But the story of my 486 PC is not yet over. I decided to donate it, fully loaded with Windows 3.11, vintage games and software, to a family friend. The gift was much appreciated, and I felt good about it until recently, when the youngest member of my friend`s family received the latest Disney cd-rom game as a birthday present from his mother. I was asked to load the game--and you can imagine the disillusionment in the young boy`s face when his favorite Disney characters were arrested, moving in slow motion in a fabulously sculpted 3D landscape. The game was all but unusable, because my 486 PC is already obsolete by today`s standards.
So, what does this story have to do with data cabling and networking? The answer to this question lies in the fact that computer networks are becoming the lifelines of today`s enterprises. More and more workers are employed in the business of producing and processing information, and they are using powerful computer applications to do so. The amount and diversity of information are growing at a staggering rate. Success in a business operation depends on managing this information, as well as dealing with rapid changes in technology and meeting diverse customer needs in a highly competitive global economy. The effectiveness with which one manages information can control the cost of doing business.
This business climate has led to the unprecedented growth of the World Wide Web, as well as of corporate intranets, and these sources of information and vehicles for delivering it produce a huge demand for bandwidth, which affects data networking and the cabling that supports it.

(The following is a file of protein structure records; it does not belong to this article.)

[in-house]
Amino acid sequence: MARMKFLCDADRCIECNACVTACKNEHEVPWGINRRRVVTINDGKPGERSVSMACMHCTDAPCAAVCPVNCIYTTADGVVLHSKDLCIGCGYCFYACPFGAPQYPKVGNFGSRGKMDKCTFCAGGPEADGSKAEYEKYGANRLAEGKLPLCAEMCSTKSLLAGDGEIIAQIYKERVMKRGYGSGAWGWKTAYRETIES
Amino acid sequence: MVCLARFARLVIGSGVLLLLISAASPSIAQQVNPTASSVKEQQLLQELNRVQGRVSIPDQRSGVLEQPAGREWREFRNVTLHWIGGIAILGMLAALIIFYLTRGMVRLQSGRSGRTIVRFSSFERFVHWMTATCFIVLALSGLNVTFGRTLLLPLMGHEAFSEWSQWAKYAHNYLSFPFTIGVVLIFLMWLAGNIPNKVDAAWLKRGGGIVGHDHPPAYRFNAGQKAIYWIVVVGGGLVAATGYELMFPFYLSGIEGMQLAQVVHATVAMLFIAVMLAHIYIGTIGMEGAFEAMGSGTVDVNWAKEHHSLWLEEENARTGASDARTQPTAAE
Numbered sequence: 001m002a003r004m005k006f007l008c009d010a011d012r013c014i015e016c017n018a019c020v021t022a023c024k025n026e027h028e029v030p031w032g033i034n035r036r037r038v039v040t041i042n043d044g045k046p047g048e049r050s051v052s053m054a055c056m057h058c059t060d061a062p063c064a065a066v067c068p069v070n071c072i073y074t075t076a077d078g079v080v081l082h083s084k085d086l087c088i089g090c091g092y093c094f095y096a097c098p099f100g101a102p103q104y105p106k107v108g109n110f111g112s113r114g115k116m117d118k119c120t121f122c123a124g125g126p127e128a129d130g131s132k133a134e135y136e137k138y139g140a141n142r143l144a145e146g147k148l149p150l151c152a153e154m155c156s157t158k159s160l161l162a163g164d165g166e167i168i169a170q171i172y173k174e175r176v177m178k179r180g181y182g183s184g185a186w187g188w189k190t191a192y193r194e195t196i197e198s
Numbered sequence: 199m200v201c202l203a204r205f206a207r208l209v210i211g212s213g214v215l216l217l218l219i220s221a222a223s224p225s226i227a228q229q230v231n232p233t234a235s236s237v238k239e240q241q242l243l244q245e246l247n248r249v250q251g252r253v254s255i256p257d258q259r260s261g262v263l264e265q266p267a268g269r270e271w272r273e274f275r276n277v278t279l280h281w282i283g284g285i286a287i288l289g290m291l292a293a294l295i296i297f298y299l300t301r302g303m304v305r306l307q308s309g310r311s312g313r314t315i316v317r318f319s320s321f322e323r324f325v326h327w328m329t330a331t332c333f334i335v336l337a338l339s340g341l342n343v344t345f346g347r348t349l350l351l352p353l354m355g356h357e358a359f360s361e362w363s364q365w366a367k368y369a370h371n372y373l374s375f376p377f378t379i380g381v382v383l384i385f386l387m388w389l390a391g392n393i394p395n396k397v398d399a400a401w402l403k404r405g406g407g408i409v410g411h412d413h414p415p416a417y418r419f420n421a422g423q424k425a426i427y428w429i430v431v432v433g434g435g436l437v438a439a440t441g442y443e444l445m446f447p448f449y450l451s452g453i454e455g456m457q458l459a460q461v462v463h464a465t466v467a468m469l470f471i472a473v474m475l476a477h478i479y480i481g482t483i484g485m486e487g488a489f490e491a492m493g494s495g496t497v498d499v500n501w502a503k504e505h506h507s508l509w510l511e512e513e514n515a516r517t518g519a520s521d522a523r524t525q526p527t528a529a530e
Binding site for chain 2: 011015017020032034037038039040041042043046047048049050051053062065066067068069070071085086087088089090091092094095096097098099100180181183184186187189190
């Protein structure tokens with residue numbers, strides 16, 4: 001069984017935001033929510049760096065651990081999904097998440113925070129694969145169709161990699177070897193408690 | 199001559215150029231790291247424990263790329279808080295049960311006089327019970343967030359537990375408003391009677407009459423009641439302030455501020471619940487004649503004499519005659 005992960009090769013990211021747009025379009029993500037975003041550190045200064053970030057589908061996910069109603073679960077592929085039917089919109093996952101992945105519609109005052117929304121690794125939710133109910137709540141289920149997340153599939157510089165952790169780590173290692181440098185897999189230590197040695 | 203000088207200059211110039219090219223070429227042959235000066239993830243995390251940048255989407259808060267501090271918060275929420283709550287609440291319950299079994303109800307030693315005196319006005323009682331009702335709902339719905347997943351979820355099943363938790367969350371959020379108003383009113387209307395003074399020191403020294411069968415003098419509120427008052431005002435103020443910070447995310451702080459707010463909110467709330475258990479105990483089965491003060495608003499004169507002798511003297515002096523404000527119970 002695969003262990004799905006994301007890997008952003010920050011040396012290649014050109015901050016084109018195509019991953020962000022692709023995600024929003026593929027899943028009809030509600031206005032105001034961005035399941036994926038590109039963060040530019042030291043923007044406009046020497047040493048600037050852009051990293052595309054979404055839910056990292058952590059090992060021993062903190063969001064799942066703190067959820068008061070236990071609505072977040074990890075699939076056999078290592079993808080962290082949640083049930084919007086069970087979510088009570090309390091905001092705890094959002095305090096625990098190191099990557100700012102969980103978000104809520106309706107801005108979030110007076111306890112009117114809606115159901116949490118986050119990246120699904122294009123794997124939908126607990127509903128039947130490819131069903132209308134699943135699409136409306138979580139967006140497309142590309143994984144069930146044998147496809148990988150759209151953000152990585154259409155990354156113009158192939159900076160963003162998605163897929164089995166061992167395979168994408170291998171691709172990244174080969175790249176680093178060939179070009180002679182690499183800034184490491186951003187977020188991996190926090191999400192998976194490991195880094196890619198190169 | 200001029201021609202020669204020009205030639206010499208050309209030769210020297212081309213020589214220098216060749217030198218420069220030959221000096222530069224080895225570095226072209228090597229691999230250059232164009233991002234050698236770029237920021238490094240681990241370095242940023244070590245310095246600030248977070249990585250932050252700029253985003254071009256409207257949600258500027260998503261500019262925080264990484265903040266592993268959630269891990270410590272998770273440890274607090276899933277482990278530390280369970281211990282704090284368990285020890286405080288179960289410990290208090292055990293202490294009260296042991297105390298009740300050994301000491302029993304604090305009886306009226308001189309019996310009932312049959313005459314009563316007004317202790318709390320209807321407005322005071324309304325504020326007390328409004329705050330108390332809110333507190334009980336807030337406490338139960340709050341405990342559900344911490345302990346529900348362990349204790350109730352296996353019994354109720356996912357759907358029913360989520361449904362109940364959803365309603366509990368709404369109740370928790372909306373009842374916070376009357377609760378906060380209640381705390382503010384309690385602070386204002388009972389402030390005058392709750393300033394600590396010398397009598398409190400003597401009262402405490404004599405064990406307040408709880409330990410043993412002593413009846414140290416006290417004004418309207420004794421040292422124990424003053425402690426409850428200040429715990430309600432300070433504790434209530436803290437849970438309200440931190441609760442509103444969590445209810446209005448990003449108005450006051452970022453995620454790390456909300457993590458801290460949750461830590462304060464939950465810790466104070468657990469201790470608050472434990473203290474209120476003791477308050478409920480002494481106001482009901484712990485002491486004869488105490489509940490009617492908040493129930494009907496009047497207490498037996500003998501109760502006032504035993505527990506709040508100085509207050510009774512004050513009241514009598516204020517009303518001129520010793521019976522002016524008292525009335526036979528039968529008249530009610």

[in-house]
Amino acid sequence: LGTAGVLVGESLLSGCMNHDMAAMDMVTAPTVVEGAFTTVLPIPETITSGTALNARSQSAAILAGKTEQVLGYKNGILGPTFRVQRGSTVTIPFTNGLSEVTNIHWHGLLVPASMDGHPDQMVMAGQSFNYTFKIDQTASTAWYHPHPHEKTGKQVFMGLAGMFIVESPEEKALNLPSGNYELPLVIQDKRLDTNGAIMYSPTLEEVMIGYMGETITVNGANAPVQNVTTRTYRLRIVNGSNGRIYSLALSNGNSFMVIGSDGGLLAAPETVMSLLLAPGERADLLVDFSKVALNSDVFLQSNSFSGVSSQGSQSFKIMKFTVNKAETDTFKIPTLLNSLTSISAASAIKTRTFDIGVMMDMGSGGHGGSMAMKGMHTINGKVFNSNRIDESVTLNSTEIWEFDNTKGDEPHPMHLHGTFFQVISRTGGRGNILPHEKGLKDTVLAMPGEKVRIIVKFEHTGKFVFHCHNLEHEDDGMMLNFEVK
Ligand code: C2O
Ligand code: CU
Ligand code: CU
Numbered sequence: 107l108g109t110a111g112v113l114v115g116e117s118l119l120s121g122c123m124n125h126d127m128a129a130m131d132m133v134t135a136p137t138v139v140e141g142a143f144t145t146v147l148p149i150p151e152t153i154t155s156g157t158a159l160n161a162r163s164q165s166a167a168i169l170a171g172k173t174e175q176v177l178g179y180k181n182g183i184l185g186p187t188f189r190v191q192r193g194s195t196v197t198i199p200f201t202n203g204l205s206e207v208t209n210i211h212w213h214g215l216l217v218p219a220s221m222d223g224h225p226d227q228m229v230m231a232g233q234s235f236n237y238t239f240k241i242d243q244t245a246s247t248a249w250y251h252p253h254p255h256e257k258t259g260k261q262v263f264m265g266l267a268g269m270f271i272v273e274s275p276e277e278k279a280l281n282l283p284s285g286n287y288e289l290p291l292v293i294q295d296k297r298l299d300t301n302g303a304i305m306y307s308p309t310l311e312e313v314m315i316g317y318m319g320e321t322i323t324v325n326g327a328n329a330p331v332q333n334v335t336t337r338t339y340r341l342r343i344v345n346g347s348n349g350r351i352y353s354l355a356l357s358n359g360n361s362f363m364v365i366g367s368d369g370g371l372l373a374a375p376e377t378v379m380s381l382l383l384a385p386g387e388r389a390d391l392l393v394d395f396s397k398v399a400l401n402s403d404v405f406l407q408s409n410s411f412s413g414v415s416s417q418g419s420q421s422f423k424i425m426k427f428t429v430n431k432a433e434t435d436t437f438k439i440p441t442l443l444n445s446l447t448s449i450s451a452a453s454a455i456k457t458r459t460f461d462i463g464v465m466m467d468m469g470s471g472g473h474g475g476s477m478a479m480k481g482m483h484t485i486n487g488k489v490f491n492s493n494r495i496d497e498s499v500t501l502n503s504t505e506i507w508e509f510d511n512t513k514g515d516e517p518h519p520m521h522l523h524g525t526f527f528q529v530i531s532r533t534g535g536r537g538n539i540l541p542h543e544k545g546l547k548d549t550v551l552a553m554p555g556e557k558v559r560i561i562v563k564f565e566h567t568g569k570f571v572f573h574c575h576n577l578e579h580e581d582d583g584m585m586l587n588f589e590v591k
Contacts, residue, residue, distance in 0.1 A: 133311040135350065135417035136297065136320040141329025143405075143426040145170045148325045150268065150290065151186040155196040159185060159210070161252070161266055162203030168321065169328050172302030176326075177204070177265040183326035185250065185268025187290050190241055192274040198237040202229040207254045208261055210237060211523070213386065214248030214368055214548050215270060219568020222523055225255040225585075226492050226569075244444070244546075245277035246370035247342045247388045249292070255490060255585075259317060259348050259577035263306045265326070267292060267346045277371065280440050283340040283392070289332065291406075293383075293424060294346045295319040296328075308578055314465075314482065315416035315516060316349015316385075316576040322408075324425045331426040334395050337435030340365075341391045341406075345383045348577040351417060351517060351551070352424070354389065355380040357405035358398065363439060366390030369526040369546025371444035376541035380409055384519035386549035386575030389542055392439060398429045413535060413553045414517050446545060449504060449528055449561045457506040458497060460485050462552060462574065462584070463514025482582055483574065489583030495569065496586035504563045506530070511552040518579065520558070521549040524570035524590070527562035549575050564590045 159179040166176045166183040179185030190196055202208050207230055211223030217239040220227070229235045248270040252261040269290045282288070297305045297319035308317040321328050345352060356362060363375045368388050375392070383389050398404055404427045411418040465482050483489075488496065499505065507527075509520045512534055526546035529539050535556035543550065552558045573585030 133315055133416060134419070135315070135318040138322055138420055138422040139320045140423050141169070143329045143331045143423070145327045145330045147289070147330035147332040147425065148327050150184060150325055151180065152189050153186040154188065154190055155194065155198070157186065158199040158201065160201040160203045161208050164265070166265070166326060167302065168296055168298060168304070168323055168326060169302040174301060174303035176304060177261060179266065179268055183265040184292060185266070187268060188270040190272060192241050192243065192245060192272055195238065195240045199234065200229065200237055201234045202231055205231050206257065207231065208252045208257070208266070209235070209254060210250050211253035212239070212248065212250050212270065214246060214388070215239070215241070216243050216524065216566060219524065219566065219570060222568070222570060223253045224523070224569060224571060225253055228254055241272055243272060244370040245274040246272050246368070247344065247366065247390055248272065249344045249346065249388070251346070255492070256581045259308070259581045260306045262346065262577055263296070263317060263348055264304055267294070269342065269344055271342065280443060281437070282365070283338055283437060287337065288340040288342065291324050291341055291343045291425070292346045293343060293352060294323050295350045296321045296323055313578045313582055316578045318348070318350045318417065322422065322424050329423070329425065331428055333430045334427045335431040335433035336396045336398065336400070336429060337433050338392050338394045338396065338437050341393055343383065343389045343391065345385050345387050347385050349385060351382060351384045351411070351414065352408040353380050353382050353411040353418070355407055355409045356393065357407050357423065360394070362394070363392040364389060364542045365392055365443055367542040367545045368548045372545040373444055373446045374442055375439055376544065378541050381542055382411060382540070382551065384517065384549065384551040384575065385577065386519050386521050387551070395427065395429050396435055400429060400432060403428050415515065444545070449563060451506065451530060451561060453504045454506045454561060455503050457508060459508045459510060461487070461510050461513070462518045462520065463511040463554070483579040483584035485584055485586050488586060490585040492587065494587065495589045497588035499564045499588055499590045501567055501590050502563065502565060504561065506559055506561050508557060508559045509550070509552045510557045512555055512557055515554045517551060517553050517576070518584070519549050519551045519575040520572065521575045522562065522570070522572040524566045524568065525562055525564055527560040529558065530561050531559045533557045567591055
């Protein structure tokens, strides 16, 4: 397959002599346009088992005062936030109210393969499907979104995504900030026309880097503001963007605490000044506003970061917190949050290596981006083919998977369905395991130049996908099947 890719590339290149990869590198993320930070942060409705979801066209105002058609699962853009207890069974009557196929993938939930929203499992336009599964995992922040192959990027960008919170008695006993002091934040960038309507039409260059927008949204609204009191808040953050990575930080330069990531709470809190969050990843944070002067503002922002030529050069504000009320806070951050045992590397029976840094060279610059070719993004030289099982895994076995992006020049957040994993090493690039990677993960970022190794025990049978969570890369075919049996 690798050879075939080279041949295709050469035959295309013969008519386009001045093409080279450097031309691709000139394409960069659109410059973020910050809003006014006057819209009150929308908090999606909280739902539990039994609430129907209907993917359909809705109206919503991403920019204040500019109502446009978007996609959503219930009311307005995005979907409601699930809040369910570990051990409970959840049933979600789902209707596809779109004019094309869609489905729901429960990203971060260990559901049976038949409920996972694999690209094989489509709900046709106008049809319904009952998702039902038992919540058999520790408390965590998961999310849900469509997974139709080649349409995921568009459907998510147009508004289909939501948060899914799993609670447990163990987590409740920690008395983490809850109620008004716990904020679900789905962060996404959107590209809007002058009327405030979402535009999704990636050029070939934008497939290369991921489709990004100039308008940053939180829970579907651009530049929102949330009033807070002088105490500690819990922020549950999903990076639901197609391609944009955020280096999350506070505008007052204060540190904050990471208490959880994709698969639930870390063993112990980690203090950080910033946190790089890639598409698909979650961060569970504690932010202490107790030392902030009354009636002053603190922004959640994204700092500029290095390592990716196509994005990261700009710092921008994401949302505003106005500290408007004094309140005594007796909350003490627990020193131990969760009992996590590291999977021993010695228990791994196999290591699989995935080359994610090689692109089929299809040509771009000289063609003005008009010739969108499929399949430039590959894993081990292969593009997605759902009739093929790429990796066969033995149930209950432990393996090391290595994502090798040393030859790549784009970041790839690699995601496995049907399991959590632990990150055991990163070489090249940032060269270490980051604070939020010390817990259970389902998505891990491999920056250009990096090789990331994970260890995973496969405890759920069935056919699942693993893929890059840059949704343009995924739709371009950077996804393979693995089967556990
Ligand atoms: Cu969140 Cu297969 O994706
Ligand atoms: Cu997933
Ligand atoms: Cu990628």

Initially, Gigabit Ethernet will provide needed relief for congestion on corporate backbone networks, but the technology will eventually migrate from the backbone to the desktop. What killer application will demand that sort of bandwidth to the desk? No single application stands out, and the demand will not come about suddenly, but will evolve slowly, as has been the case in the past.
Consider, for instance, this imaginary scenario for the turn of the century. I will realize, in time, that my current high-end Pentium-based PC is becoming sluggish and restrictive. I finally yield to the inevitable and purchase a state-of-the-art machine--let`s call it a 500-MHz Gamma II processor with 512 megabytes of "eram" (enhanced random-access memory) a 100-gigabyte optical-disk storage system, and the latest AI-2000 operating system. At work, I can plug into a worldwide hyperlinked network, where I can quickly access, filter, organize, and process multiple forms of information from many sources simultaneously. Any networking speed of less than one gigabit per second seems terribly inhibiting. And that 7-year-old son--now 12--of my friend will spurn my offer of a 200-MHz Pentium-based computer, because, he says, it does not have enough horsepower to cope with the latest virtual-reality adventure from simworld Holobytes.
Paul Kish is ibdn product manager for nordx/cdt Inc. (Pointe-Claire, QC, Canada), and chairman of tia`s TR-41.8 subcommittee.